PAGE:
Back in the Day: Yahtzee

Roll. Score. Repeat. Join us as we examine Yahtzee through the lens of modern board gaming and find out what works, and what doesn't.

One of the things that I have always wondered about is this: why do people purchase copies of Yahtzee? It consists of five standard six-sided dice and a scoresheet. Nothing more. Standard dice are cheap and there are literally hundreds of places on the interwebs where you can go to download a scoresheet. But this game never seems to go away.

First marketed in 1956 and based on games like Generala, Poker Dice, Yacht, at Yatzy, this is a game that has had an influence on game development for decades. It keeps evolving, but is it a survivor or is it on its last legs?

In our Back in the Day articles revisiting classic experiences, we won’t discuss how to play these games…they are old, and if you want to learn how to play, feel free to search the ‘net for answers. We’ll instead focus on what still works, and what doesn’t, while making a recommendation on whether you need to dig this one out of your attic or not!

Box Cover (1973 Copp Clark edition)

Variations on a Theme

At its core, Yahtzee is very simple. You roll dice. You get two chances to re-roll any of those dice as desired. After you stop rolling, you need to figure out where those dice are going to be used. Get lucky, and you can get bonuses in the top section, score a Yahtzee (five-of-a-kind), or even more than one.

Milton Bradley (and later Hasbro) realized they had a winning formula with this game. It was not long before they dove into variations on the theme: play three games at once (Triple Yahtzee); market it with other franchises (Pirates of the Caribbean, Dragon Ball Z, Star Wars); get into the word-game market (Word Yahtzee); and so on and so on, ad astra. BoardGameGeek lists 31 games in the Yahtzee family. But this seriously undersells the influence of the game. There are far, far more games that (technically speaking) could be said to be in the Yahtzee family. This is because of the one mechanic that defines the game and has been copied a thousand times over: the three chances rule.

Roll all the dice. Decide how many dice you want to re-roll (if any). Re-roll zero to all the dice. Decide how many dice you want to re-roll (if any). Re-roll zero to all the dice.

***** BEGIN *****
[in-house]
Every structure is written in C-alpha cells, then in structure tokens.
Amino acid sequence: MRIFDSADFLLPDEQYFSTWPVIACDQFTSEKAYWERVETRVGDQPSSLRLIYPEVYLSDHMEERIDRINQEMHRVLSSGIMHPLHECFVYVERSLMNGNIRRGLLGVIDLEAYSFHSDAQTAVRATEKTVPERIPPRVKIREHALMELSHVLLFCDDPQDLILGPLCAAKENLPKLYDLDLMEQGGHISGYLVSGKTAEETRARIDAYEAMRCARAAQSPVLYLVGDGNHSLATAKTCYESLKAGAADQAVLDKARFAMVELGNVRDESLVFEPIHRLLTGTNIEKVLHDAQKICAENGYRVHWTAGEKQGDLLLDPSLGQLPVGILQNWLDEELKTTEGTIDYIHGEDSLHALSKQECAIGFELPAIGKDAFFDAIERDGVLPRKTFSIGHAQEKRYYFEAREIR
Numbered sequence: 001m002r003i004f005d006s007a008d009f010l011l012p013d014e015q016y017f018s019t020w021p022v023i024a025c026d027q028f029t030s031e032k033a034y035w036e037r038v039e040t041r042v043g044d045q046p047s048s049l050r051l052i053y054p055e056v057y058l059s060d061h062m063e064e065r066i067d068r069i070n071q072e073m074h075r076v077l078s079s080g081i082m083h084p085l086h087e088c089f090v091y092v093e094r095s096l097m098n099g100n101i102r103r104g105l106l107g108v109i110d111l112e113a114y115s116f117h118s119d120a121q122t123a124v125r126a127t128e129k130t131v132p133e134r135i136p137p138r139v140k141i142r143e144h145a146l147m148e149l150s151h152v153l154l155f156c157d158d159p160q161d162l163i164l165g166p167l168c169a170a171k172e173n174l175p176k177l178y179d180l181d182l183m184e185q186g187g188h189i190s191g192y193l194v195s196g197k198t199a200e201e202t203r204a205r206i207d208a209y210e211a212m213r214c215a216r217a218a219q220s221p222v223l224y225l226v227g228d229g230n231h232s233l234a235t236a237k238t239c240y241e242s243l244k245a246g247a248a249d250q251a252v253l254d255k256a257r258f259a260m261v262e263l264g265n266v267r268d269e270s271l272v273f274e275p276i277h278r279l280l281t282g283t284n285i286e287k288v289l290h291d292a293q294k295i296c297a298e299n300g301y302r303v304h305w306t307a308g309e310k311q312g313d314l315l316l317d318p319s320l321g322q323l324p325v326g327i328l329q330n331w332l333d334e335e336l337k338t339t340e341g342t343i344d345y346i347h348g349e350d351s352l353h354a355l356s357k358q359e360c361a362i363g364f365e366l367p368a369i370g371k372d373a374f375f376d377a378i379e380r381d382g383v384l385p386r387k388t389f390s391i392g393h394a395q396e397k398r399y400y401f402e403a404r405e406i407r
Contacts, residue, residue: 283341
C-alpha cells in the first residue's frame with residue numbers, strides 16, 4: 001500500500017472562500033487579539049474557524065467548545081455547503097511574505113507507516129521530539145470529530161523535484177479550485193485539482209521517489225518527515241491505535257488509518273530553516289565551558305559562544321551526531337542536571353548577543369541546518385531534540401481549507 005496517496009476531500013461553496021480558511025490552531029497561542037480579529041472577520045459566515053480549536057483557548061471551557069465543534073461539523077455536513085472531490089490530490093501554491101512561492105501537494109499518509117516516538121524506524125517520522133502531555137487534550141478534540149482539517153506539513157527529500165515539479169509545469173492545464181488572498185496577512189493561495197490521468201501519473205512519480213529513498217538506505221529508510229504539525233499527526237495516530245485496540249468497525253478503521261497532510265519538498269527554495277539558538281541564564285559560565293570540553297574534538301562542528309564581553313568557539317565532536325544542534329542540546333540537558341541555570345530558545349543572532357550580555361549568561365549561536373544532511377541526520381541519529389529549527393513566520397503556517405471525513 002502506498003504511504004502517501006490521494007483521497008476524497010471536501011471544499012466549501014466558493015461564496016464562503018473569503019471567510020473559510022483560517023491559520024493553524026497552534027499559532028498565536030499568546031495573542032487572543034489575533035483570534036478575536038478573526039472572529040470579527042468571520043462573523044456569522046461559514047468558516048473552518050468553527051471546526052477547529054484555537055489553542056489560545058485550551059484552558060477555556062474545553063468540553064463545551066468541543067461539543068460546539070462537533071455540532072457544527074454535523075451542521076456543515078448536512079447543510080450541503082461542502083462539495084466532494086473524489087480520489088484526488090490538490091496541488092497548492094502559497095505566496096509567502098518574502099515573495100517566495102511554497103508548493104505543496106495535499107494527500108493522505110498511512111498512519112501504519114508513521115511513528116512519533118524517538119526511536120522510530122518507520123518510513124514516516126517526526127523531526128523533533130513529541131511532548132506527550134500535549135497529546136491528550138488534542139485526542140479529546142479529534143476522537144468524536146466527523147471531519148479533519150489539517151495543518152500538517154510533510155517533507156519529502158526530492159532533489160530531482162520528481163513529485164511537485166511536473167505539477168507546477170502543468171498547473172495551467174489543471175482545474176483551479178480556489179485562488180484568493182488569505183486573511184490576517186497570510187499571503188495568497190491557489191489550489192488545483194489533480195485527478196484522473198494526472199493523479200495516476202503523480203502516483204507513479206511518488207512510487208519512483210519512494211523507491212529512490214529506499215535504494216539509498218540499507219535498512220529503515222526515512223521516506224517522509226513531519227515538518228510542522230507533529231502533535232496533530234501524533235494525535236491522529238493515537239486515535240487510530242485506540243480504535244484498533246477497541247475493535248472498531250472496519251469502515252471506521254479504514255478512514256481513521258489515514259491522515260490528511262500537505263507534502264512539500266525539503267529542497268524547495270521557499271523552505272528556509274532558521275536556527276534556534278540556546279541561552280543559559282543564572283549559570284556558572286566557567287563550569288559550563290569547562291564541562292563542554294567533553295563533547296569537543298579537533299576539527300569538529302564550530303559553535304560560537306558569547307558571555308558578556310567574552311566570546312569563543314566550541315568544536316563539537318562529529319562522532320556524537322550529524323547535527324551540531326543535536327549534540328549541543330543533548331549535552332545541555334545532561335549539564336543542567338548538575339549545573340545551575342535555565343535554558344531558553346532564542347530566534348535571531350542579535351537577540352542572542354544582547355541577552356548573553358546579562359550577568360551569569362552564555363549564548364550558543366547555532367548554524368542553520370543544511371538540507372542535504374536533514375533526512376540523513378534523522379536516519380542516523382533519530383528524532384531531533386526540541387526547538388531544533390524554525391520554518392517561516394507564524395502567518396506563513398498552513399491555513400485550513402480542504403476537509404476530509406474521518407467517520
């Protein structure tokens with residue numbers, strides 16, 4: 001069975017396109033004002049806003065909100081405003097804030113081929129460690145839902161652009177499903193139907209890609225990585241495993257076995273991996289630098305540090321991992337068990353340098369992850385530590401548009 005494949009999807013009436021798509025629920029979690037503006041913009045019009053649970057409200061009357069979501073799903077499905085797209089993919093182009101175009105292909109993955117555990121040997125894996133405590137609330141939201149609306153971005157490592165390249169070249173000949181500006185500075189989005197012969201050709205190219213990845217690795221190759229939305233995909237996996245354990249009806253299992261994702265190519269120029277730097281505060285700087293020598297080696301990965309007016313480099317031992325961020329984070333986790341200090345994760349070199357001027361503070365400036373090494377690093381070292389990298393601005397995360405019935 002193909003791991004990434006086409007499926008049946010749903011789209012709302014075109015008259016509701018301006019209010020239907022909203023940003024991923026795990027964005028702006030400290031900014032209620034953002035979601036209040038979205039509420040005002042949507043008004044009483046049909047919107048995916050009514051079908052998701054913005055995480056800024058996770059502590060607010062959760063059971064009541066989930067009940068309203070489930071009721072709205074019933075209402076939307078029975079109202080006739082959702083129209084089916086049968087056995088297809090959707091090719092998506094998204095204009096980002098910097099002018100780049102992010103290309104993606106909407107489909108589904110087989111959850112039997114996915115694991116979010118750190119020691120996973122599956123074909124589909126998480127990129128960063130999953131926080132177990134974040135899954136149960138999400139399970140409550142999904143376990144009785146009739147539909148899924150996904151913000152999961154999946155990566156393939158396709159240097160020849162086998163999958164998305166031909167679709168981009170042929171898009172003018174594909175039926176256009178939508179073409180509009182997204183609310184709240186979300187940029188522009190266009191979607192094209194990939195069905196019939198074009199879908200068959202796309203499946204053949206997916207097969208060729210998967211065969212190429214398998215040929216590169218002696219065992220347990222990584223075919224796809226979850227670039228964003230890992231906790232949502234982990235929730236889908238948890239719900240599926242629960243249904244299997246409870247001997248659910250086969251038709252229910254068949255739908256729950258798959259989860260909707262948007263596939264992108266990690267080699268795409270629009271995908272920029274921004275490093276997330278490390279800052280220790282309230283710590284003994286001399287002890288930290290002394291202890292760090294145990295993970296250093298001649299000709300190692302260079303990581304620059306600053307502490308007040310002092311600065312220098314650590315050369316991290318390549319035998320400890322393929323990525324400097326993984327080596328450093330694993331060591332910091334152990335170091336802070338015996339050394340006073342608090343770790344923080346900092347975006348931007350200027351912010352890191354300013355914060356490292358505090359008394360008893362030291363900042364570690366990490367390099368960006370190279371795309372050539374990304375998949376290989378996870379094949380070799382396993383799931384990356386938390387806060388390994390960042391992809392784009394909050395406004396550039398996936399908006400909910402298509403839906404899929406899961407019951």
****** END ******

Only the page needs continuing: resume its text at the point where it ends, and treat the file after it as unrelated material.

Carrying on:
Take this out, and you have eliminated two-thirds of the decision space in the game. This is the game. As indicated above, this has been borrowed for myriad other games, including: 600, Bang! The Dice Game, Catan Dice, King of Tokyo, That’s So Clever, and more. I highly recommend Dice Games Properly Explained by Dr. Reiner Knizia; there are a slew of others in the Yahtzee mold included within.

Box Cover (modern Hasbro edition)

Yahtzee: What Works

There are three things that make Yahtzee a passable choice, depending upon the group you are with:

  • It is easy to explain – this game is easy enough for young children to understand and play; it is easy (and familiar) enough for even your oldest relative to participate.
  • It plays quickly – there are thirteen scoring areas in the standard game. Each player will be taking exactly thirteen turns. Those turns will consist of one-to-three rolls and filling in a score. Turns go quickly. That said, if you have too many players and not enough dice to go around, then waiting for your turn can seem like it takes forever.
  • The three chances rule—this simple rule is not only a bit of fun and helps to mitigate the luck, it can create a decent illusion of tactical choice. Often when the dice go their way, players will speak of strategy; when the dice do not go their way, players will speak of bad luck.

As a brief game by yourself or with a friend or two, Yahtzee can pass the time.

Yahtzee: What Doesn’t Work

Pretty much everything else. Due to the lack of control (other than the three chances rule), this is less a game and more an activity. The nature of Yahtzee is such that it will always be a solo game no matter how many players you have. Nothing you do impacts anyone else; nothing they do impacts you.

Many of the games I have listed above (especially King of Tokyo and That’s So Clever) have taken the Yahtzee formula and have improved upon it in fundamental ways. Everything from adding in agency with additional decision space, to adding in interactivity between the players. Yahtzee might include a kernel of brilliance, but it is the many, many games that have come since that have used it to good effect.

Yea or Nay?

Mostly Nay. If you want to play Yahtzee, go ahead. But do not go out and spend money on this game. Just grab some dice and a piece of paper. If you want to play an improved version of Yahtzee, there are many options available to you and I highly recommend you find one that works for you.

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About the author

K. David Ladage

Avid board gamer, role-player, and poet; software and database engineer. I publish some things under the imprint ZiLa Games. Very happy to be here.

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